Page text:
In the 6th century an Irish tribe known as the Scotti, established their kingdom of 'Dal Riada' at Dunadd, among the lands of the native Picts. Later the 'Kingdom of the Isles' was to preserve the culture of the Gaels in Western Scotland. The tranquil glens, wooded hillsides and breathtaking beaches of Antrim, mid-Argyle, Kintyre and the Isles, still echo to the voices of these ancient peoples.
The Isle of Arran is known as 'Scotland in Miniature' and is a superb location for a hill-walking holiday. The Arrochar Alps allows for some great sightseeing, walking and whiskey tasting. "Soft water, through peat, over granite" may make for great whiskey, but it also makes for splendid scenery. This is a land of castles, eagles, deer, and tradition as old as history itself.
Between Loch Lomond and Loch Fyne lie Dal Riada's highest mountains, the rugged and rocky peaks of the Arrochar Alps. Here summits of 600 metres are the norm while the area boasts no less than 6 munros, (mountains over 3000 feet or 900m).
Ben Arthur (the Cobbler) is the most spectacular, its summit resembling a cobbler bent over his last, and is the most recognisable of all Scottish mountains. To reach the very highest point involves crawling through a rock window,'Argyll's Eyeglass'. Legend recounts that every Campbell chief had to prove his manhood by gaining the top. Above the northern reaches of Loch Lomond sprawls twin peaked Ben Vorlich. From its summit the whole 34 kilometre length of Loch Lomond can be viewed to the south, while northwards stretch endless highlands..
There is a fine low level walk from Loch Long to Loch Lomond through the heart of the Argyll National Park and of course we climb Beinn Ime the highest of the Arrochar Alps at 1011m. Inverary Castle and Gaol are among the sights we visit on the easier days. This is one trip where you don't want to forget your camera! Our hotel offers a choice of more than 500 malts and the music and craic is Scottish style!
An eleven night/twelve day holiday sampling some of the best walking in the ancient Celtic Kingdom of Dal Riada.You don't have to be a whiskey drinker as sampling the products is not compulsory!
While the Irish may have discovered whiskey (or "whisky" as the Scots spell it), the Scots claim to have improved upon it. Nine hundred billion litres of rain fall on Scotland every year and of that, nine hundred million litres of whiskey are produced.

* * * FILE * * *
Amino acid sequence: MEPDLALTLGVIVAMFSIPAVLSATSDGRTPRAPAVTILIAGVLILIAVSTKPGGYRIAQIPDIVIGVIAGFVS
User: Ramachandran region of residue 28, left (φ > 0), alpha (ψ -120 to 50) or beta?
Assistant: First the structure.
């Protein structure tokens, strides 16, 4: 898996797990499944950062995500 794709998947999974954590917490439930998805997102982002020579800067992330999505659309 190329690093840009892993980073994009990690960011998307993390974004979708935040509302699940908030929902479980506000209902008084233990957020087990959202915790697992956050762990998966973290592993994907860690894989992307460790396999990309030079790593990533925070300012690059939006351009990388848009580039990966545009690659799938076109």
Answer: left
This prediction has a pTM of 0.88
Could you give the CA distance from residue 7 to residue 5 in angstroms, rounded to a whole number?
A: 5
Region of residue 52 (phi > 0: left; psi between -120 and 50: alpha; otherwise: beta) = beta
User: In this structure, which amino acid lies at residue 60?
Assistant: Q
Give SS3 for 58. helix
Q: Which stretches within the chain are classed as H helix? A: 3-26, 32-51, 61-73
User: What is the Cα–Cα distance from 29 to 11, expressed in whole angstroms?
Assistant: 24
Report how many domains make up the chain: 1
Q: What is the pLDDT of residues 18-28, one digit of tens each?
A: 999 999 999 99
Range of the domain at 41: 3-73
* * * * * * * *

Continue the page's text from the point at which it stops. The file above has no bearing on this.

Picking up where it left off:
The distilleries all have a unique approach to both their product, and how they welcome their visitors but all have a tasting session at the end and for a few moments, we can be the experts! This tour begins on the Irish Coast. We visit Ireland's only World Heritage Site, the Giant's Causeway and the dramatic rope-bridge of Carrick-a-Rede. Our first distillery is the oldest in the world, Bushmills. Our journey by sea takes us to mainland Scotland and the beautiful Arrochar Alps near Loch Lomond, and the distillery at Oban. We sail on to the Whiskey Island of Islay and walk the majestic Paps of Jura.
Our last Island is the Isle of Arran, known as 'Scotland in Miniature'. Glen Rosa and Goat Fell await us. This is one of the greatest holidays that we've ever been on!
Arran is a mere 30k by 15k and yet its high mountains and fertile coastline make this a paradise for hillwalkers. The Isle is rich in archaeological remains from stone circles and chambered graves to ancient forts. We walk in the Claughland Hills near Brodick and its castle, known for the beauty of its Garden. Above
Kilbrannan Sound we hike through the Pirnmill Hills, habitat of deer and Golden Eagles.
The remote Glens are abundant in cascading rivers and offer views that are enjoyed by so few. Glen Rosa and Goat Fell are breathtaking in their natural beauty. The Holy Isle off Lamlash is now a retreat for a community of Bhuddist monks.
In keeping with all Dal Riada ventures, the local cuisine plays an important part and 'The Taste of Arran' will not disappoint you. The Isle is famous for its cheese and of course the newest distillery in the world at Lochranza. We'll lunch at the distillery and take a walk to the source of its pure water. No island holiday would be complete without a coastal walk and we ramble the wild coast of Sannox Bay and the 'Cock of Arran'.